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    #1

    the benefit of

    "If he's good to you and shows no signs of dishonesty, than I'd give him the benefit of the doubt." What does a speaker want to say by ''give the benefit of the doubt"?

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    #2

    Re: the benefit of

    'Put your trust in him.'

    Rover

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    #3

    Re: the benefit of

    Quote Originally Posted by Rover_KE View Post
    'Put your trust in him.'

    Rover
    I think it is more along the lines of: There may be some doubt in your mind, or in the minds of others, of his honesty. However, if you have no proof at all of his dishonesty, then let him benefit from the assumption that your doubts are unfounded,

    The idea perhaps stems from the obligation of a jury not to find someone guilty of a crime unless they are convinced beyond all reasonable doubt of his guilt. If there is any doubt at all that the accused committed the crime, no matter how convinced you might feel personally that he did it, you must give him the benefit of the doubt and find him not guilty.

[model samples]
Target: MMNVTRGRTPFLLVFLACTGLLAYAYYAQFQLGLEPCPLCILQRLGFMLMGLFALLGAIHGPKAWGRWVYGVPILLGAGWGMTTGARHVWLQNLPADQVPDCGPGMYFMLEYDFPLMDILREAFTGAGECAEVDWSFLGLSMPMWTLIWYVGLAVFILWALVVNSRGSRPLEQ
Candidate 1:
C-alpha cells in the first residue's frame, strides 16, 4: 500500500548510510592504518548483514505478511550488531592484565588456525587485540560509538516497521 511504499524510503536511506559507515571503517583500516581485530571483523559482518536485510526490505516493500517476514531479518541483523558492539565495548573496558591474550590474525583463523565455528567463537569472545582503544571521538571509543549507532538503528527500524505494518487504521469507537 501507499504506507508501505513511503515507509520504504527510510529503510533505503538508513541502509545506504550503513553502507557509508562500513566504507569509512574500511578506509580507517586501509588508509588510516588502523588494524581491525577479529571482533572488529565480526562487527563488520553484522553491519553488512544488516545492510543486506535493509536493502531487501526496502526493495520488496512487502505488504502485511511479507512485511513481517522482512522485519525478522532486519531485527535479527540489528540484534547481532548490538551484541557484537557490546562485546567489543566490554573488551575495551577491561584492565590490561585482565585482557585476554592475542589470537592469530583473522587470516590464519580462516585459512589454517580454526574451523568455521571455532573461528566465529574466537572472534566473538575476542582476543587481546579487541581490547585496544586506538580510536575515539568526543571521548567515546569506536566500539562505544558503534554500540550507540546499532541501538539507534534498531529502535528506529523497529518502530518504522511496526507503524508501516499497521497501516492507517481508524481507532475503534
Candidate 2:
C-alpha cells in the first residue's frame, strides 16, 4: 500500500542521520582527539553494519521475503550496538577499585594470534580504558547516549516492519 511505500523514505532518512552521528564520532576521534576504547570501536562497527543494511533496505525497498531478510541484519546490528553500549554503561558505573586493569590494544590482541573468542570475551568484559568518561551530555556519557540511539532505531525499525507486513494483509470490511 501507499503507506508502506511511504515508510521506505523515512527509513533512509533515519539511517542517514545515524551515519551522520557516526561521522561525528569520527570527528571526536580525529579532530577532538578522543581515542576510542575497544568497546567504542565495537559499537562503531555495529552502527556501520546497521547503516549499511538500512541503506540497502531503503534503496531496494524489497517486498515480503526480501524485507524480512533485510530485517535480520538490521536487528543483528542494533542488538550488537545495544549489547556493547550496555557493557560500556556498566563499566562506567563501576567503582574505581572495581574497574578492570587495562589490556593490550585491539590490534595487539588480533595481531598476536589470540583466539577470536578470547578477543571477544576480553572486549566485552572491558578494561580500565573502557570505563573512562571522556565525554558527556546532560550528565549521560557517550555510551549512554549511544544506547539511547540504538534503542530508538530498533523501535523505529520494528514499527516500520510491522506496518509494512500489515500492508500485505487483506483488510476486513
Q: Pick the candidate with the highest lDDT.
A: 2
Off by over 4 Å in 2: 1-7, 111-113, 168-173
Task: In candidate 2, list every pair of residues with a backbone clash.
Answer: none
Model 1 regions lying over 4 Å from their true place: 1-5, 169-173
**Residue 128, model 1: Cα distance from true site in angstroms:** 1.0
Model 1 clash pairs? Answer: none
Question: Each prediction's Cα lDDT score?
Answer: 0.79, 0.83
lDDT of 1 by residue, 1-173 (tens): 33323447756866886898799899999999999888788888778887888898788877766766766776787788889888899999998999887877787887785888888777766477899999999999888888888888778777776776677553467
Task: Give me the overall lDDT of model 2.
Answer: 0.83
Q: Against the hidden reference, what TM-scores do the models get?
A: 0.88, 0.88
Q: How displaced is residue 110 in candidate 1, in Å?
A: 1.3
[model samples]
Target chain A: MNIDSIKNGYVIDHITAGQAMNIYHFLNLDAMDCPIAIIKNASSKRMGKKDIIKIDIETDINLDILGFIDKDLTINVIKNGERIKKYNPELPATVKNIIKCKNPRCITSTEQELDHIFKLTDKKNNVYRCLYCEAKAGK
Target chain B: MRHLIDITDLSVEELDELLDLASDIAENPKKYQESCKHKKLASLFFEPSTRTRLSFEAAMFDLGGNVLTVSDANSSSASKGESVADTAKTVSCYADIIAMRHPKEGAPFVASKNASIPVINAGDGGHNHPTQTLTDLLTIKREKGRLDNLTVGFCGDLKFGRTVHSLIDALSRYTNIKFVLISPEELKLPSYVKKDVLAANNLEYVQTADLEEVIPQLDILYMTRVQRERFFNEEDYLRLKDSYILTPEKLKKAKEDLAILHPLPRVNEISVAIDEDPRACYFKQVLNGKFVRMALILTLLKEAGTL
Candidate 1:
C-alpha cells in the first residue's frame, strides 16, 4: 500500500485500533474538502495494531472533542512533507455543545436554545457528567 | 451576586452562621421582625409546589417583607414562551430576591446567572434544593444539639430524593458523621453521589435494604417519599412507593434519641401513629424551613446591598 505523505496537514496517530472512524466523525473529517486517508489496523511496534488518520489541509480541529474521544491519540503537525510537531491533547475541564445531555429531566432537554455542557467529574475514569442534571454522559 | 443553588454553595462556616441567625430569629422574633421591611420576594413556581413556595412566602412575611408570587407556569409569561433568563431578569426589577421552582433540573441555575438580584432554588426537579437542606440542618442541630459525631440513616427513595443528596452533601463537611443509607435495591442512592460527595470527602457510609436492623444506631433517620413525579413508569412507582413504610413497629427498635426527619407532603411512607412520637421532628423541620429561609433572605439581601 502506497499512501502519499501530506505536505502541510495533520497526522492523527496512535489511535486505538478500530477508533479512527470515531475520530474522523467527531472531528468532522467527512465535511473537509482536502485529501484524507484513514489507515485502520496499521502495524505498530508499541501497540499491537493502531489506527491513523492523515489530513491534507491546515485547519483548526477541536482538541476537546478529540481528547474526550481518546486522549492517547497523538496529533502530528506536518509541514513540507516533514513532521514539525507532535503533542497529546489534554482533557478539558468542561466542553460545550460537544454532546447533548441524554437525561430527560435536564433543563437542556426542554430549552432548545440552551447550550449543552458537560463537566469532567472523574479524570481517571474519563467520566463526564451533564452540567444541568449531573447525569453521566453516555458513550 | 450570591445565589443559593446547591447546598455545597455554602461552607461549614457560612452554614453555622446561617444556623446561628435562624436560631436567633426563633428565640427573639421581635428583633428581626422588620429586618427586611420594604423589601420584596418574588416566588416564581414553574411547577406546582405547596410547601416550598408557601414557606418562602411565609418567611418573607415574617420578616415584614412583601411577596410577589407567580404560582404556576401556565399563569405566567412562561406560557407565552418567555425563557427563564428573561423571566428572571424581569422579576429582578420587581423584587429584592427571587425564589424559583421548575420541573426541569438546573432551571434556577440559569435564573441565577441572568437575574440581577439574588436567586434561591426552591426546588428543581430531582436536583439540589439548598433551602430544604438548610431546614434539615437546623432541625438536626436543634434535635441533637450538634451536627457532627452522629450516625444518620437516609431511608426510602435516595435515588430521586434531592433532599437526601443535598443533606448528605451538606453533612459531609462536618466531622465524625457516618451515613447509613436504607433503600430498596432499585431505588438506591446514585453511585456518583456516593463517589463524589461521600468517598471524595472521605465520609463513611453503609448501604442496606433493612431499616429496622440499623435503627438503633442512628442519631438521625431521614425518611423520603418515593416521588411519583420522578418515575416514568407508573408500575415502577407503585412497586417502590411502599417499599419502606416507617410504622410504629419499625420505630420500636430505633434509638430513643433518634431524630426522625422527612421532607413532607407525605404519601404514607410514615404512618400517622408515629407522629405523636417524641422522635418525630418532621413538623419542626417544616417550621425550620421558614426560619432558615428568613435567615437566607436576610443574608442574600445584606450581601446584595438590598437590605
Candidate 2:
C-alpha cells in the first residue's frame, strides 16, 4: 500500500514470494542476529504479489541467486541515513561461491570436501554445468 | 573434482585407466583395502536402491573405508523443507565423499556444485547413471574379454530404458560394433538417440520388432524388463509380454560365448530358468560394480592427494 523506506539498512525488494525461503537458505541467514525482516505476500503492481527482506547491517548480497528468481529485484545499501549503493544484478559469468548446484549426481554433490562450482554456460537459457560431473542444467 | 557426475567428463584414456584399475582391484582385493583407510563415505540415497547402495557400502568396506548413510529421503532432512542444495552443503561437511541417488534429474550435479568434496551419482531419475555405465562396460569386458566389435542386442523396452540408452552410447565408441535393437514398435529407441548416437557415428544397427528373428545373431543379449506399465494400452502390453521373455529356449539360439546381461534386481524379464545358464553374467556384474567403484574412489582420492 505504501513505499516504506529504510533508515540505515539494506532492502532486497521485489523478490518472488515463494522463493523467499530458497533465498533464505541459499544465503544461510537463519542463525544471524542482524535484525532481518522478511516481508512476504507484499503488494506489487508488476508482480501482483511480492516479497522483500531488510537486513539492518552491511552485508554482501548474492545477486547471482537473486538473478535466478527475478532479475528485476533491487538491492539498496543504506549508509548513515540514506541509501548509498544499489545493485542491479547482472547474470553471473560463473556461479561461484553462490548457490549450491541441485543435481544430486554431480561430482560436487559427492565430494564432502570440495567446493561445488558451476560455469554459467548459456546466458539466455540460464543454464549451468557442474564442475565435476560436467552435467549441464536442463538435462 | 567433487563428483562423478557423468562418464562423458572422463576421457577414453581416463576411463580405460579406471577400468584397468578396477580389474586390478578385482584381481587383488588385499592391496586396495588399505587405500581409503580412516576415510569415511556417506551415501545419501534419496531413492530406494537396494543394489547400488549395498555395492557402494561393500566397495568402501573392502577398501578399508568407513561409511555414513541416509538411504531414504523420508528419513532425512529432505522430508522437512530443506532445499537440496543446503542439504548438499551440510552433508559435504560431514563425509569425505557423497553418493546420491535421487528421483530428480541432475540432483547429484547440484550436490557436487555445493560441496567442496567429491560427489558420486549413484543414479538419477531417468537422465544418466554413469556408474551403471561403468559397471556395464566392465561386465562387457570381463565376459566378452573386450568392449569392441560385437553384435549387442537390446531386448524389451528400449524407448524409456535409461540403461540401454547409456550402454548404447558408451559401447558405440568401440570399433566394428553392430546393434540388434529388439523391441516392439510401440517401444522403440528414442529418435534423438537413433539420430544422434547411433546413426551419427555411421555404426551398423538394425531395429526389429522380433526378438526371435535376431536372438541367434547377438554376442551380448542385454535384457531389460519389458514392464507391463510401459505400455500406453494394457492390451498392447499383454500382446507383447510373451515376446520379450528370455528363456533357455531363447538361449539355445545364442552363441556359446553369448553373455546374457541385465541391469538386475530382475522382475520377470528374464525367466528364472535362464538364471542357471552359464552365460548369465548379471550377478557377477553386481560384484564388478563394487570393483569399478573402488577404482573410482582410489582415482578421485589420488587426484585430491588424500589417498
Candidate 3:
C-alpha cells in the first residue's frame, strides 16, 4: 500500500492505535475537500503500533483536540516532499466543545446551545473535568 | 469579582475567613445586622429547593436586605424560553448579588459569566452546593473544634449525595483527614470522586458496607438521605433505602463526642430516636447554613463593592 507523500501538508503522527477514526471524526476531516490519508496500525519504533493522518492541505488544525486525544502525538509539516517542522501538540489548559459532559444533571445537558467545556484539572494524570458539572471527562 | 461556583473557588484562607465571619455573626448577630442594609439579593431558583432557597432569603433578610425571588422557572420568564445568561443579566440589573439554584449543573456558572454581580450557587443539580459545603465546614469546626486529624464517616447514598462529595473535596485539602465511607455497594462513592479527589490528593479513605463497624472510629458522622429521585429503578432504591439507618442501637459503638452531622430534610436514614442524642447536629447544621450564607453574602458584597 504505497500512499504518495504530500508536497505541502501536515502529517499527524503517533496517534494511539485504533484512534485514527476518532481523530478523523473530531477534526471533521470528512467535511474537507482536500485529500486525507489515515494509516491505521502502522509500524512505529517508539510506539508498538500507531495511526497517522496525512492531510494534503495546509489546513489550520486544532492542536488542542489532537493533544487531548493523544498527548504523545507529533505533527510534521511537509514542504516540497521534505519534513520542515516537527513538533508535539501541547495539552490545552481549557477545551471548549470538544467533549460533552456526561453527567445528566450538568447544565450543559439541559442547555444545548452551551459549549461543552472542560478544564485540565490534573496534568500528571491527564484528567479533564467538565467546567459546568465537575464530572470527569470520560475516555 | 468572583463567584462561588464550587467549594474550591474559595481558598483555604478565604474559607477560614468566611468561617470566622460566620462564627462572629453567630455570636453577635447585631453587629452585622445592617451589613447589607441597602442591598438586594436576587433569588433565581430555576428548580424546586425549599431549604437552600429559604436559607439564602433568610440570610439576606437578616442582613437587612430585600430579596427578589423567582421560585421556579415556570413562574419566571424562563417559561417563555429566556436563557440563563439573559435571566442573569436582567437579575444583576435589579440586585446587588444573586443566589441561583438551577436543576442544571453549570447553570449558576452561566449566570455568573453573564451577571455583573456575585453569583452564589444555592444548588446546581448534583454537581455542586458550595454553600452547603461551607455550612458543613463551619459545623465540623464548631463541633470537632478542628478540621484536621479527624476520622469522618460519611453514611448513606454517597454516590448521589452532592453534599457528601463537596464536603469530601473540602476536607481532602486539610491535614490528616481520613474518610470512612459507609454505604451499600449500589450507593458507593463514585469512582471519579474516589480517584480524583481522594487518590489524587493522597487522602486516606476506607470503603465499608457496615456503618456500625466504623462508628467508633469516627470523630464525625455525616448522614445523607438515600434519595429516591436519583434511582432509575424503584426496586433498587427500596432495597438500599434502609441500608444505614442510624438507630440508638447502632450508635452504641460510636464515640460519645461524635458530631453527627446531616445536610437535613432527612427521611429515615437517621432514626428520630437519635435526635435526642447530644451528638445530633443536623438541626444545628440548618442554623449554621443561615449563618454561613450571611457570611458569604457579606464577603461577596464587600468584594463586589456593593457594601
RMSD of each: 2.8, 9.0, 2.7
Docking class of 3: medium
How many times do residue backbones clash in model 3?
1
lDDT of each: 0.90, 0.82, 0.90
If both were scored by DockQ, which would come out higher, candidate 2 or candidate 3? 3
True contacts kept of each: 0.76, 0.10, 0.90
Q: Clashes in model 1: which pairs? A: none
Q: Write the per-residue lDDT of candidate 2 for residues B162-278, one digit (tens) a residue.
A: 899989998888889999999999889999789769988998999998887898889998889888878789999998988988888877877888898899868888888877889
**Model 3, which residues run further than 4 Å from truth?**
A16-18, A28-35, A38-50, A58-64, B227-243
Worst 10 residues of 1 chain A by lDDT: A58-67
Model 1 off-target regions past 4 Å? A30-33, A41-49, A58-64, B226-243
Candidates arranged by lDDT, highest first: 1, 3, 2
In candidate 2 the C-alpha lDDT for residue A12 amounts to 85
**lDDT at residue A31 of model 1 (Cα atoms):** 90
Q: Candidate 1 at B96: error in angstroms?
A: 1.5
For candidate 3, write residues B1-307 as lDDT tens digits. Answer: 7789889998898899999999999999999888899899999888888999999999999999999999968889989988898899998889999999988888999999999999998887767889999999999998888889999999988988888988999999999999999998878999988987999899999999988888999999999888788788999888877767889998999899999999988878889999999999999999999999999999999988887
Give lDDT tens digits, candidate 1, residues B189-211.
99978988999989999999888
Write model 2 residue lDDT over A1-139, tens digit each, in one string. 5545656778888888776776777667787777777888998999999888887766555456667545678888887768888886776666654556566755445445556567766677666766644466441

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    #4

    Re: the benefit of

    Hi Ostap77,

    to give someone the benefit of the doubt = 1. to regard someone as innocent until proven otherwise; lean toward a favorable view of someone

    If any of the material fats of the case are at variance with the probability of guilt, it will be the duty of you gentlemen to give the defendant the benefit of the doubt raised. (Th. Dreiser, “An American Tragedy”|)

    to give someone the benefit of the doubt = 2. to dispel the doubt; to take someone in his words; put trust in him

    When I tried to tell her just how I myself regarded her friend, she checked me with an Episcopal gesture “We have to give people the benefit of the doubt”. ()P. H. Johnson, “An Avenue of Stone”)

    I’ve been talking to Mrs. Smith. She thinks we ought to give the Minister the benefit of the doubt. (Gr. Greene, “The Comedians”)

    V.

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